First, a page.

The Aerosol, Clouds and Trace Gases Research Infrastructure (ACTRIS) officially became the 33rd European Research Infrastructure Consortium (ERIC) on April 25, 2023 with the support of 17 founding member and observer countries. As a pan-European legal organization, ACTRIS ERIC will coordinate the provision of data and data products on short-lived atmospheric constituents and clouds relevant to climate and air pollution over the next 15-20 years. ACTRIS was designed more than a decade ago, and its development was funded at national and European levels. It was included in the European Strategy Forum on Research Infrastructures (ESFRI) Roadmap in 2016 and subsequently, in the national infrastructure roadmaps of European countries. It became a landmark of the ESFRI roadmap in 2021. The purpose of this paper is to describe the mission of ACTRIS, its added value to the community of atmospheric scientists, providing services to academia as well as the public and private sectors, and to summarize its main achievements. The present publication serves as a reference document for ACTRIS, its users and the scientific community as a whole. It provides the reader with relevant information and an overview on ACTRIS governance and services, as well as a summary of the main scientific achievements of the last 20 years. The paper concludes with an outlook on the upcoming challenges for ACTRIS and the strategy for its future evolution.

American Meteorological Society


Testing ethical impact assessment for nano risk governance

Malsch, Ineke; Isigonis, Panagiotis; Bouman, Evert Alwin; Afantitis, Antreas; Melagraki, Georgia; Dusinska, Maria

Risk governance of nanomaterials and nanotechnologies has been traditionally mainly limited to risk assessment, risk management and life cycle assessment. Recent approaches have experimented with widening the scope and including economic, social, and ethical aspects. This paper reports on tests and stakeholder feedback on fine-tuning the use of ethical impact assessment guidelines (RiskGONE D3.6) and online tools adapting the CEN Workshop Agreement part 2 CWA 17145-2:2017 (E)) to support risk governance of nanomaterials, in the RiskGONE project. The EIA guidelines and tools are intended to be used as one module in a multicriteria decision support framework for risk governance of nanomaterials, but may also be used for a stand-alone ethical impact assessment.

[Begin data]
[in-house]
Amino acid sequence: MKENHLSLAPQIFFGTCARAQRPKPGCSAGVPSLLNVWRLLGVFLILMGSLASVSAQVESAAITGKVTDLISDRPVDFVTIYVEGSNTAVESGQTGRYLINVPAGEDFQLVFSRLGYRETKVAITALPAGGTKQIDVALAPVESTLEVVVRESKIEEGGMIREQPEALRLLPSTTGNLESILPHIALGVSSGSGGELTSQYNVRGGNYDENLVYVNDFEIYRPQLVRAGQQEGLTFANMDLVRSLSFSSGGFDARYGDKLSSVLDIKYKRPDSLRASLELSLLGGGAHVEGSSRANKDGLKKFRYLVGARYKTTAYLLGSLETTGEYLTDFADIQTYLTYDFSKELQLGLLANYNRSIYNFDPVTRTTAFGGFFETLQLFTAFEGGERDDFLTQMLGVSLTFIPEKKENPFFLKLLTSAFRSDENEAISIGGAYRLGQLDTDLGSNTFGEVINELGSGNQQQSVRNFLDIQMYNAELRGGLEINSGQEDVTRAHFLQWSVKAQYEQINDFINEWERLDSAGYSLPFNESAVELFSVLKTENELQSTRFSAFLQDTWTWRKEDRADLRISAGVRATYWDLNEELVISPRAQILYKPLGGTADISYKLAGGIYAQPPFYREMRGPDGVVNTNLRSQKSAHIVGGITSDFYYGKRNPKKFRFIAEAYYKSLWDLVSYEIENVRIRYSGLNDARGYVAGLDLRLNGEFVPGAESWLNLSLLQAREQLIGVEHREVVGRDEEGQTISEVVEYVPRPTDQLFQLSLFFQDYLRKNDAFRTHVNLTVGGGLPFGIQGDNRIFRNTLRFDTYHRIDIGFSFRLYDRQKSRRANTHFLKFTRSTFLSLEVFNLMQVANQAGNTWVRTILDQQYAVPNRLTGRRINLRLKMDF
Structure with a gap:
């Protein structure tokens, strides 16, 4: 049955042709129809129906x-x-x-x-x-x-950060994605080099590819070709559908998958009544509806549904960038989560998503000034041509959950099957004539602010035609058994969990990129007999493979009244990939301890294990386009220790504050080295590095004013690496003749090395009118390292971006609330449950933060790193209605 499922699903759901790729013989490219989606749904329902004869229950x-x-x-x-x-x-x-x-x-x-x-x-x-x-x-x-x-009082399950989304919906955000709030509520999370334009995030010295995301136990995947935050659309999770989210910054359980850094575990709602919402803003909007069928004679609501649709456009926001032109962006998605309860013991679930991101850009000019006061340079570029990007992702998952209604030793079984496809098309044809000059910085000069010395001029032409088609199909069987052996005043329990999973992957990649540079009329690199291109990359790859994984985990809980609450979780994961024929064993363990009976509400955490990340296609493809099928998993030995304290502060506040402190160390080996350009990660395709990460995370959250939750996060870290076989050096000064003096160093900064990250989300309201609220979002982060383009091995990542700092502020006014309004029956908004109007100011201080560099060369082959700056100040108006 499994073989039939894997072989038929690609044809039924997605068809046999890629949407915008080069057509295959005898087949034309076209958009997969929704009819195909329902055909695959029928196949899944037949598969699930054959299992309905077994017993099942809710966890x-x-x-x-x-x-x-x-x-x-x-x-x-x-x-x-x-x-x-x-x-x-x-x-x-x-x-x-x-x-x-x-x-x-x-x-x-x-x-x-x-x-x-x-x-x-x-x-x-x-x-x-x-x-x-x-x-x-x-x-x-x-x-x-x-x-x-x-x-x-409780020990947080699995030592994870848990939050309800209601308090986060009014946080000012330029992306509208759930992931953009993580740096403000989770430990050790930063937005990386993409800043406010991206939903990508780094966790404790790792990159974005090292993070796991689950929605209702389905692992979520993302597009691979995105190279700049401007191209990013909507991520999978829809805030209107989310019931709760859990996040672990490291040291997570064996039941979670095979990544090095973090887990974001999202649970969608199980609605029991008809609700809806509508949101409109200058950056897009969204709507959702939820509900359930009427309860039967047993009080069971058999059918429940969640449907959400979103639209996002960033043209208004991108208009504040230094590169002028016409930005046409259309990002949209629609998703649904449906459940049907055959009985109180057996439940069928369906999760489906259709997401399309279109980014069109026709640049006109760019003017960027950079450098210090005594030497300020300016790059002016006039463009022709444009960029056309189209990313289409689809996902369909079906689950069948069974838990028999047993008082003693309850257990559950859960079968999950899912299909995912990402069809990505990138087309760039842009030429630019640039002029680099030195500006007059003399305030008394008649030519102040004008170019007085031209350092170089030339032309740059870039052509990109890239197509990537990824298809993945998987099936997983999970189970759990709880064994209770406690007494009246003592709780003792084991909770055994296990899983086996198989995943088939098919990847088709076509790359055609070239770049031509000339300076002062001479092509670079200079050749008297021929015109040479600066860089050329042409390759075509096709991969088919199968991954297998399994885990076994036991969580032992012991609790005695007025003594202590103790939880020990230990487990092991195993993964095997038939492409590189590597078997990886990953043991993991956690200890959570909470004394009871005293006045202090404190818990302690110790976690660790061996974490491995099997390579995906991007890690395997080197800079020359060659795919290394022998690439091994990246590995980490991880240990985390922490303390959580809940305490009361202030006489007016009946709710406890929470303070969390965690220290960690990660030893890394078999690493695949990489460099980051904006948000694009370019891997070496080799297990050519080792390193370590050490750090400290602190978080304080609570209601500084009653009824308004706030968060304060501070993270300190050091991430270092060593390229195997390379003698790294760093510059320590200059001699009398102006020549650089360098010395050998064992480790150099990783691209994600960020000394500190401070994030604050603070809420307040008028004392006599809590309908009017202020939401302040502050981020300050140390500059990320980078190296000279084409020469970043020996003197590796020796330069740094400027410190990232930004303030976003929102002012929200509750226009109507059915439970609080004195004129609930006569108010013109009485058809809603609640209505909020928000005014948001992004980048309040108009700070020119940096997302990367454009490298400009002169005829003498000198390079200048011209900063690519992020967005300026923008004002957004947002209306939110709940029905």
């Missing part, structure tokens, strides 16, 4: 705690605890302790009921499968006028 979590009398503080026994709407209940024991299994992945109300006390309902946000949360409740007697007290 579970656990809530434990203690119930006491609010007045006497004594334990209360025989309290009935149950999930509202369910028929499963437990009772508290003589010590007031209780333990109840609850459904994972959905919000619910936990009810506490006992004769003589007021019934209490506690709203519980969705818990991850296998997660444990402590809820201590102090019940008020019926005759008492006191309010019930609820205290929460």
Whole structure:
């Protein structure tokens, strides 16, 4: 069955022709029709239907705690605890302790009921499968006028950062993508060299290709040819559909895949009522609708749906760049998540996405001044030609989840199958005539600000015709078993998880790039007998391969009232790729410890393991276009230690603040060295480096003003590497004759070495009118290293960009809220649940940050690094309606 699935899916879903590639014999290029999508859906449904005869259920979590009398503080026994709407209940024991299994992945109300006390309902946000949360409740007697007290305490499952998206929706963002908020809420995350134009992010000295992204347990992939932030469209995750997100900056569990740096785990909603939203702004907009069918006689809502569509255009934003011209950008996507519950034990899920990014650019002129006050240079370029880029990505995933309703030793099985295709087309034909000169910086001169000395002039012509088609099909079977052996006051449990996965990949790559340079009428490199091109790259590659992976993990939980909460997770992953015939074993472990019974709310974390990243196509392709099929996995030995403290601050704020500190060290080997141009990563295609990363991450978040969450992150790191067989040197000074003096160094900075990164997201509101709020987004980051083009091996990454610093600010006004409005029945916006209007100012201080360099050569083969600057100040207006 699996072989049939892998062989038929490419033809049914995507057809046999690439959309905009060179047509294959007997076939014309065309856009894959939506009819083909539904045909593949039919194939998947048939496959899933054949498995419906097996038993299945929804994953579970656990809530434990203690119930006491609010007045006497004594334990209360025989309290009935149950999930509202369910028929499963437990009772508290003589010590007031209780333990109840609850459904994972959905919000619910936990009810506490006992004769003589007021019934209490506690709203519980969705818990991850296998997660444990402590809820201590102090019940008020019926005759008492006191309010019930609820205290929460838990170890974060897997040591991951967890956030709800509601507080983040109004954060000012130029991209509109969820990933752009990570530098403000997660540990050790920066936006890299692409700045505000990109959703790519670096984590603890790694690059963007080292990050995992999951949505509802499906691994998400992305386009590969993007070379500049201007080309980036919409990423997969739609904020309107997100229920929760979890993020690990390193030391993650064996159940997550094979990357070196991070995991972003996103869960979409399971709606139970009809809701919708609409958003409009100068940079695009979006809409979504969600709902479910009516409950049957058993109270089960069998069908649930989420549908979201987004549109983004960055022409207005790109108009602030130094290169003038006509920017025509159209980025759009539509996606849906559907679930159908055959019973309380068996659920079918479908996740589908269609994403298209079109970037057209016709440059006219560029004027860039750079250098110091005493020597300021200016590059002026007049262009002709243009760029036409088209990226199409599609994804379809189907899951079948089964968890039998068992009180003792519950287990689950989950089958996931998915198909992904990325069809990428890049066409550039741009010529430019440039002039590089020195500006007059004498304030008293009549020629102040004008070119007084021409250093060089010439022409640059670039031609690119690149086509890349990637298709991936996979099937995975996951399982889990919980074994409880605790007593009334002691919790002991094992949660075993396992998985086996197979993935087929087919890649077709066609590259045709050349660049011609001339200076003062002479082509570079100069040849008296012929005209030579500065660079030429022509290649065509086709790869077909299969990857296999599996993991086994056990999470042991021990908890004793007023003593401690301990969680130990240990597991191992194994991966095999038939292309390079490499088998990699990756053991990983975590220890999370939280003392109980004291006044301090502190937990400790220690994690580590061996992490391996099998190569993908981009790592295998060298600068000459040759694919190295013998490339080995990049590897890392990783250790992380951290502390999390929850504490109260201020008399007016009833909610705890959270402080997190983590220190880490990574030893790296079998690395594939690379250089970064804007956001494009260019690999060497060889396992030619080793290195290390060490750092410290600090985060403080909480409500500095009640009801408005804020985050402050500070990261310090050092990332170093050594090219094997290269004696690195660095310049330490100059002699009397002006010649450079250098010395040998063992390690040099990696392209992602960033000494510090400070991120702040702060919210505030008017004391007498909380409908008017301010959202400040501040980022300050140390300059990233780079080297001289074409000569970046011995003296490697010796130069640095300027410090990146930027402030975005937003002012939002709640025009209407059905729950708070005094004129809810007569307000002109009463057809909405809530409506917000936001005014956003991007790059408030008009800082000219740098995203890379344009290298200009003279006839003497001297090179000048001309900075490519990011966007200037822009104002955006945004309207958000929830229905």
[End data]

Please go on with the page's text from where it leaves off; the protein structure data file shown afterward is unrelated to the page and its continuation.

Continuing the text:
Nanomaterials are new forms of materials with structures at sizes between 1 and 100 nanometres (a millionth of a millimetre). They can be particles, tubes, platelets or other shaped structures. Nanomaterials can be applied in many different products, ranging from medicine to solar panels. Researchers, governments and stakeholders have been concerned with potential risks for human health and the environment for decades. Also, how nanomaterials behave during the production, use and waste processing of the products they are included in has been investigated in Life Cycle Analysis. However, ethical issues which may be raised by the use of nanomaterials in those products are usually not investigated. In this article, the procedure for an ethical impact assessment described in the CEN Workshop Agreement CWA 17145-@:2017 (E) is adapted to nanomaterials. Users who want to perform this assessment are guided through the procedure by online tools. The guidelines and tools were tested on several case studies and discussed with stakeholders, who commented on the criteria which should be used and on who could use the tools. This results in recommendations for improving the guidelines and online tools.


Overview of and Lessons Learned from GAW’s Capacity Development Efforts

Steinbacher, Martin; Nicely, Julie M.; Benedetti, Angela; Böll, Sonja; Fiebig, Markus; Gao, Meng; Klausen, Jörg; Laj, Paolo; Moreno, Sergio; Pavlovic, Radenko; Rimmer, John; Sealy, Andrea; Volosciuk, Claudia